Sleep Disorder-Night Terrors Disorder
Sleep terrors are classified as a parasomnia — an undesirable behavior or experience during sleep. Sleep terrors are a disorder of arousal, meaning they occur during N3 sleep, the deepest stage of non-rapid eye movement (NREM) sleep. Another NREM disorder is sleepwalking, which can occur together with sleep terrors.
Wiki Number: PW205
Diagnosis: Sleep Terror Disorder
US Patients: 36.9% at 18 months but 19.7% at 30 months; in adults, 2.2%
Sex Ratio: B+; G; adults, no difference
Age Onset: at age 3½, one per week; frequency tapers off
Brain Area: high voltages in electroencephalography, higher heart rate and muscle tone; frontal lobe epilepsy, thalamic lesions,
Symptoms: 1-10 minutes in the first 3-4 hours of non-REM (early) sleep; usually happen in delta (slow-wave) sleep.
Progression: sit up and yell, time of autonomic arousal (speed-up)seem awake but are confused, sleepwalking, low blood sugar
Causes: PTSD, mental disorders, generalized anxiety disorder, higher frequency among relatives, asthma, constricted nasal passages
Medications: tricyclic antidepressants, benzodiazepines
Therapies: Children usually do not need treatment, diminish with age. Hypnosis may help. Better sleep habits.
4 CURRENT ARTICLES
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- From burlesque to horror: a century of sleepwalking on the silver screenby Marie-Amelie Dalloz on August 3, 2021
BACKGROUND: Long before being described as a disorder, sleepwalking was considered as a mysterious phenomenon inspiring artwork. From the early beginning of cinema, sleepwalkers were shown to populations, playing a crucial role in storytelling and collective knowledge.
- Evaluation of the effects of shift work on parasomnia prevalenceby Duygu Kurt Gök on June 10, 2021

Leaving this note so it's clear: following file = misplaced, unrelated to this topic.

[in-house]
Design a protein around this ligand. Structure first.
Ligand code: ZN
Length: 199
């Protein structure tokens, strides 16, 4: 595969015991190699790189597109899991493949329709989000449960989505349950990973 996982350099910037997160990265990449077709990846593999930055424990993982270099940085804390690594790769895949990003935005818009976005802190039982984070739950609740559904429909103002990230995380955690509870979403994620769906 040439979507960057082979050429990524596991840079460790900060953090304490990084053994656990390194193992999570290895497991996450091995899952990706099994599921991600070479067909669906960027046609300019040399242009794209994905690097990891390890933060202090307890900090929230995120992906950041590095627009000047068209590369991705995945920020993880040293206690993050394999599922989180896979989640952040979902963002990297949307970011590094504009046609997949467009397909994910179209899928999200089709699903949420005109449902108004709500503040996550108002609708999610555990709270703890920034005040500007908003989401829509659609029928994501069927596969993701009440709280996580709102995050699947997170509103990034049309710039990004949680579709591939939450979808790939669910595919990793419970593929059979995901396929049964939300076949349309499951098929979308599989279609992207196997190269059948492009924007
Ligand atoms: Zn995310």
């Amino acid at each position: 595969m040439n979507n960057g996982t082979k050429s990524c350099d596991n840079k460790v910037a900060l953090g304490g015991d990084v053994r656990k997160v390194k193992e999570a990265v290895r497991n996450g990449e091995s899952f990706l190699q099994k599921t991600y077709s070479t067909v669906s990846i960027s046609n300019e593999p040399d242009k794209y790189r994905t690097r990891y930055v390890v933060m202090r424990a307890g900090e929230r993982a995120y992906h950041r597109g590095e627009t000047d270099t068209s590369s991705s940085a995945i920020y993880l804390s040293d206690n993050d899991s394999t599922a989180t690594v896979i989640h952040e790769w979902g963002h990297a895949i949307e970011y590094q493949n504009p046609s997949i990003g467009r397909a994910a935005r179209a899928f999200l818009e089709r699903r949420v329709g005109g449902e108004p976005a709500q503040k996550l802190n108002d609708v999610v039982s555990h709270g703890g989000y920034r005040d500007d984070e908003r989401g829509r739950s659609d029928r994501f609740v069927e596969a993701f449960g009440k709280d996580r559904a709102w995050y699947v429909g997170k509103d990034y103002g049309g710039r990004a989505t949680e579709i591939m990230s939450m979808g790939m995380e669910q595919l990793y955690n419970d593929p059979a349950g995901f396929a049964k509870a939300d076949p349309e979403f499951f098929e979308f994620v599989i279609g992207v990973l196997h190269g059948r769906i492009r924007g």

Shift work is increasingly common in industrialized countries but is associated with numerous health problems, especially sleep disorders. This study compared the frequency of NREM (confusional arousal, sleep terrors, sleepwalking, sleep-related eating disorder), REM parasomnias (REM sleep behavior disorder, nightmare disorder), and isolated symptoms/normal variants (sleeptalking) between shift workers and daytime workers. A total of 1473 participants in 3 different professional groups and...
- Grumpy face during adult sleep: A clue to negative emotion during sleep?by Jean-Baptiste Maranci on April 30, 2021
Negative facial expressions and frowns have been studied (albeit more rarely than smiles) in fetus' and neonate' sleep, but they have not been investigated during adult sleep. Video polysomnography (including corrugator muscle electromyography and face-focussed video) was used to study negative facial expressions in sleeping adults, including healthy subjects and patients with/out parasomnia. Frowns were observed during sleep in 89/91 (97.8%) adults during normal (29 healthy subjects) and...
- Frequent, complex and vivid dream-like/hallucinatory experiences during NREM sleep parasomnia episodesby Anna Castelnovo on April 25, 2021